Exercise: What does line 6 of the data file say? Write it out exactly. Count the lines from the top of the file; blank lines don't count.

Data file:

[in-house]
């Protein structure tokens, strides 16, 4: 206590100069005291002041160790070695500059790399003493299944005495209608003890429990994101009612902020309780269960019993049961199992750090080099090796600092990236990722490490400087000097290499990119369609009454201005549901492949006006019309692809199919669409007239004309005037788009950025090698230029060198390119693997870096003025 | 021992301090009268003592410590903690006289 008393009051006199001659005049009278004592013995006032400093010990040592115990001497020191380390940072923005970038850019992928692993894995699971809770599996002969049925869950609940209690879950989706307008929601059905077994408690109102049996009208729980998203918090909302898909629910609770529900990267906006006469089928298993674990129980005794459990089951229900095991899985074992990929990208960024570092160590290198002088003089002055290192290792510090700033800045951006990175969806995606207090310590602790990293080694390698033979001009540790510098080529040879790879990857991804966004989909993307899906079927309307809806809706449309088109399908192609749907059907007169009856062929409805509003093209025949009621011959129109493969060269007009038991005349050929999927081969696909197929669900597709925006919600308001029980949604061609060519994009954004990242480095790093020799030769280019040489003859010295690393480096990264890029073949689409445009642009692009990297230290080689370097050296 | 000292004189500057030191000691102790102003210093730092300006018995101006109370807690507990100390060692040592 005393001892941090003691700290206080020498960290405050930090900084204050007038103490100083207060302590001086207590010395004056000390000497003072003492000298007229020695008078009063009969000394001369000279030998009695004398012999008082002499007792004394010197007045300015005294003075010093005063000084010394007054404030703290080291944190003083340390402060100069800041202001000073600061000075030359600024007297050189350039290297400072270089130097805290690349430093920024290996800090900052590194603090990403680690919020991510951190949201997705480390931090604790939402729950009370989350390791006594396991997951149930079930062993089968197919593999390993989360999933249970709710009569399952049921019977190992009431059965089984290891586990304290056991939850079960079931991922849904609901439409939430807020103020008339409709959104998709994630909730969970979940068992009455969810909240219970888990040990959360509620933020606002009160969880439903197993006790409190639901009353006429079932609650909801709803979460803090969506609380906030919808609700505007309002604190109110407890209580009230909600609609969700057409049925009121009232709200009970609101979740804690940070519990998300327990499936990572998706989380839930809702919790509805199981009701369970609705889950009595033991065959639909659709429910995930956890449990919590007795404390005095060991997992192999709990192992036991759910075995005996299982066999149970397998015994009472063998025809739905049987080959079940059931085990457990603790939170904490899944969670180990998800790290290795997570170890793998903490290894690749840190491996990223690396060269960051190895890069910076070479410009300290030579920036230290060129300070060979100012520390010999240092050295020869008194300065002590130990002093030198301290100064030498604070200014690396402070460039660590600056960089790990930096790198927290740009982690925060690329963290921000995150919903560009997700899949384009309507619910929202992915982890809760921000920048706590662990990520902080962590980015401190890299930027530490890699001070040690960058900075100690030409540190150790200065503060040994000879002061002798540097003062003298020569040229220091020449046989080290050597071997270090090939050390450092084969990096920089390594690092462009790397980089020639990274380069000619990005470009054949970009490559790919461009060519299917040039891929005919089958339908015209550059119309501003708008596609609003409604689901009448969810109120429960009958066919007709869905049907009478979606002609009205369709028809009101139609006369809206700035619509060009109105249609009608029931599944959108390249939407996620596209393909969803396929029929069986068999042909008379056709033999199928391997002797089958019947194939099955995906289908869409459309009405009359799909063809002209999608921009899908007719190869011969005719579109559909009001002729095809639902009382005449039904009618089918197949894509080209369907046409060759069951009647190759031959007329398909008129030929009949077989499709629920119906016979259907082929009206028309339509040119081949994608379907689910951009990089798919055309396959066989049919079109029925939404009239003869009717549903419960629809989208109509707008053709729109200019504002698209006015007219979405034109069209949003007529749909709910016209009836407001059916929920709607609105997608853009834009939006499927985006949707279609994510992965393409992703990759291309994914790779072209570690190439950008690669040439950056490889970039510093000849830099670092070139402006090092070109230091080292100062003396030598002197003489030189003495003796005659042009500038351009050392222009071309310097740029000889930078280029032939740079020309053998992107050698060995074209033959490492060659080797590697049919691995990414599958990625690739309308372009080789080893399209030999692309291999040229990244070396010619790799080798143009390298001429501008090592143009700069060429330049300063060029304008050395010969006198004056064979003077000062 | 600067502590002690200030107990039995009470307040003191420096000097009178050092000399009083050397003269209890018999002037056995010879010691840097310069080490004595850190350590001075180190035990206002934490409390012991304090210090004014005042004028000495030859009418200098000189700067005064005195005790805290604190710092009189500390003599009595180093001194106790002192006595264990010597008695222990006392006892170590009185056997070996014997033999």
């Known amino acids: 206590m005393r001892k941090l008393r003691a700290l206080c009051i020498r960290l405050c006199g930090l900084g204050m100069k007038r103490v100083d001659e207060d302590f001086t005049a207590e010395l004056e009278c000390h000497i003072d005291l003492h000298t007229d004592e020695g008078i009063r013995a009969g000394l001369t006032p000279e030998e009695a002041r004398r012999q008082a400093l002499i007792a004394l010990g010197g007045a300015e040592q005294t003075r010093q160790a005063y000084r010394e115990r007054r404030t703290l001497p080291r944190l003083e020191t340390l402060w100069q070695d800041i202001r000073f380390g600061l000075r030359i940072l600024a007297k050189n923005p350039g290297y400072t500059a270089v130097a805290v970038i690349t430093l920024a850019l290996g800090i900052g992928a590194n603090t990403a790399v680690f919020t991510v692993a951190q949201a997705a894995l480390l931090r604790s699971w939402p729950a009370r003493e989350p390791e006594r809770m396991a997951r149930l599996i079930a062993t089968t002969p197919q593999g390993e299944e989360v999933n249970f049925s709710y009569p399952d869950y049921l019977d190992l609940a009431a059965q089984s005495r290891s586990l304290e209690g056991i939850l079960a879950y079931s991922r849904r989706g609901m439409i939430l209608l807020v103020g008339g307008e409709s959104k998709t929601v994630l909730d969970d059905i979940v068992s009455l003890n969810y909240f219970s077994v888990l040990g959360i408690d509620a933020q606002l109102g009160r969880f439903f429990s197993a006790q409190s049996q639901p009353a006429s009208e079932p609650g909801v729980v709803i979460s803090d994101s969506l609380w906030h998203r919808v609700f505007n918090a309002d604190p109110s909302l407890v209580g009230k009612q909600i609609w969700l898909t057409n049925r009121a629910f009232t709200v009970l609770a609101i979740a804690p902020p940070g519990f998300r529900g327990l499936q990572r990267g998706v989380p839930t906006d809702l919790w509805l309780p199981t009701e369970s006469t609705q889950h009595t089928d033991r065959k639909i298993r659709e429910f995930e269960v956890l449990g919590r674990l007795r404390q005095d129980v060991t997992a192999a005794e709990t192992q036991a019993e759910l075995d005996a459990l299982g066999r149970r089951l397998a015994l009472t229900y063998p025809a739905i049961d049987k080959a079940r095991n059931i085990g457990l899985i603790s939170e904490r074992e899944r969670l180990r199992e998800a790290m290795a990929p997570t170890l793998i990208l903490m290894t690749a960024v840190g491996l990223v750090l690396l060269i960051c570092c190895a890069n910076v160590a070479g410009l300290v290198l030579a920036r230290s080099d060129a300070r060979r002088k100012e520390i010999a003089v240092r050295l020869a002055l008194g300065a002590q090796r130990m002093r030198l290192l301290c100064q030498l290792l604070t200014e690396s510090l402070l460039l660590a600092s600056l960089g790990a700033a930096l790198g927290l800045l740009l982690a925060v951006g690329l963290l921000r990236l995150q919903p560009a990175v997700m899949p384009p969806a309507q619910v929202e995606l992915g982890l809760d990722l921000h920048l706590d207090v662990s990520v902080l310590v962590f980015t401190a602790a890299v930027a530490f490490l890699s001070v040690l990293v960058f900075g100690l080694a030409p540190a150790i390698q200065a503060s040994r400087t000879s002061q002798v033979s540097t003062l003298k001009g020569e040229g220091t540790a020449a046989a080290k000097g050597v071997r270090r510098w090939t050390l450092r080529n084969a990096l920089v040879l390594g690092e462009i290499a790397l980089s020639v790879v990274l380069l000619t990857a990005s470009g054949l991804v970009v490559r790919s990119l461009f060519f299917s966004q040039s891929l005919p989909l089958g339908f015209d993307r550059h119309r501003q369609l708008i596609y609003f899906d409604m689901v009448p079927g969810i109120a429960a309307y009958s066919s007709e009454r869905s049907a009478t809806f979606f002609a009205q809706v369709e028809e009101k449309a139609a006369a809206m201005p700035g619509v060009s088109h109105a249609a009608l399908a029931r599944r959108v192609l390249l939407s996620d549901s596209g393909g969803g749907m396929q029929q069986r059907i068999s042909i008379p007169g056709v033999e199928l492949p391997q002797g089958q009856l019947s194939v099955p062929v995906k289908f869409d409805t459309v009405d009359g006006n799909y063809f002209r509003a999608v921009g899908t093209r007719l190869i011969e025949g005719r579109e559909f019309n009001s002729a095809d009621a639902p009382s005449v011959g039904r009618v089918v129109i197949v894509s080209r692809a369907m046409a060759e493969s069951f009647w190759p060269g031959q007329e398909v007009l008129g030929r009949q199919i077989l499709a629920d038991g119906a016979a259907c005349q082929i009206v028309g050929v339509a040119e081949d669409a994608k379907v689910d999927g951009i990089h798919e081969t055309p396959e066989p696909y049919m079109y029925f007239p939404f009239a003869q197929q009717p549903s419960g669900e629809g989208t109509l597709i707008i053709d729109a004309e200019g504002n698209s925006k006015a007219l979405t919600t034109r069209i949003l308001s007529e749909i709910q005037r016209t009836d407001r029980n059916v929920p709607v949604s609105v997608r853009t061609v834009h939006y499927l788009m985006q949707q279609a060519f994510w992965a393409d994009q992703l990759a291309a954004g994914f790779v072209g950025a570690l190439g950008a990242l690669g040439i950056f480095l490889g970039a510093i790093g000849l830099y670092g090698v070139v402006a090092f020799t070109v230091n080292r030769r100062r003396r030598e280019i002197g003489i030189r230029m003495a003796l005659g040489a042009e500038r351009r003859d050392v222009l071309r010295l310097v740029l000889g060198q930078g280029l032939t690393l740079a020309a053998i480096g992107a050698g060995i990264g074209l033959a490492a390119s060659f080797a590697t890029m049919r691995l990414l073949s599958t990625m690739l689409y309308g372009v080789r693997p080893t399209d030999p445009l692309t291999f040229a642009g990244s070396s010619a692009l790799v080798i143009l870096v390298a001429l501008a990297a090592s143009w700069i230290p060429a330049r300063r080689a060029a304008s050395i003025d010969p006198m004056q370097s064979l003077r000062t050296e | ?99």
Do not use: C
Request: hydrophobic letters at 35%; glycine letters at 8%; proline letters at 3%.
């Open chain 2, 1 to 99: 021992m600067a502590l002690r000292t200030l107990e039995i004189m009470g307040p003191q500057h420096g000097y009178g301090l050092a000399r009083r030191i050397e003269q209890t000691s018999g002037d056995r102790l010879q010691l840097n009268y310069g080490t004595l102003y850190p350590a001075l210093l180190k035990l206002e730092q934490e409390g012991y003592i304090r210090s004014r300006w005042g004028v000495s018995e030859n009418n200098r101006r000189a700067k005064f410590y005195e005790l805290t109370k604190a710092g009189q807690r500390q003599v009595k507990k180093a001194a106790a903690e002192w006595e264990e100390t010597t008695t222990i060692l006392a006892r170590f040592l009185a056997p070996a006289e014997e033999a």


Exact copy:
């Open chain 2, 1 to 99: 021992m600067a502590l002690r000292t200030l107990e039995i004189m009470g307040p003191q500057h420096g000097y009178g301090l050092a000399r009083r030191i050397e003269q209890t000691s018999g002037d056995r102790l010879q010691l840097n009268y310069g080490t004595l102003y850190p350590a001075l210093l180190k035990l206002e730092q934490e409390g012991y003592i304090r210090s004014r300006w005042g004028v000495s018995e030859n009418n200098r101006r000189a700067k005064f410590y005195e005790l805290t109370k604190a710092g009189q807690r500390q003599v009595k507990k180093a001194a106790a903690e002192w006595e264990e100390t010597t008695t222990i060692l006392a006892r170590f040592l009185a056997p070996a006289e014997e033999a």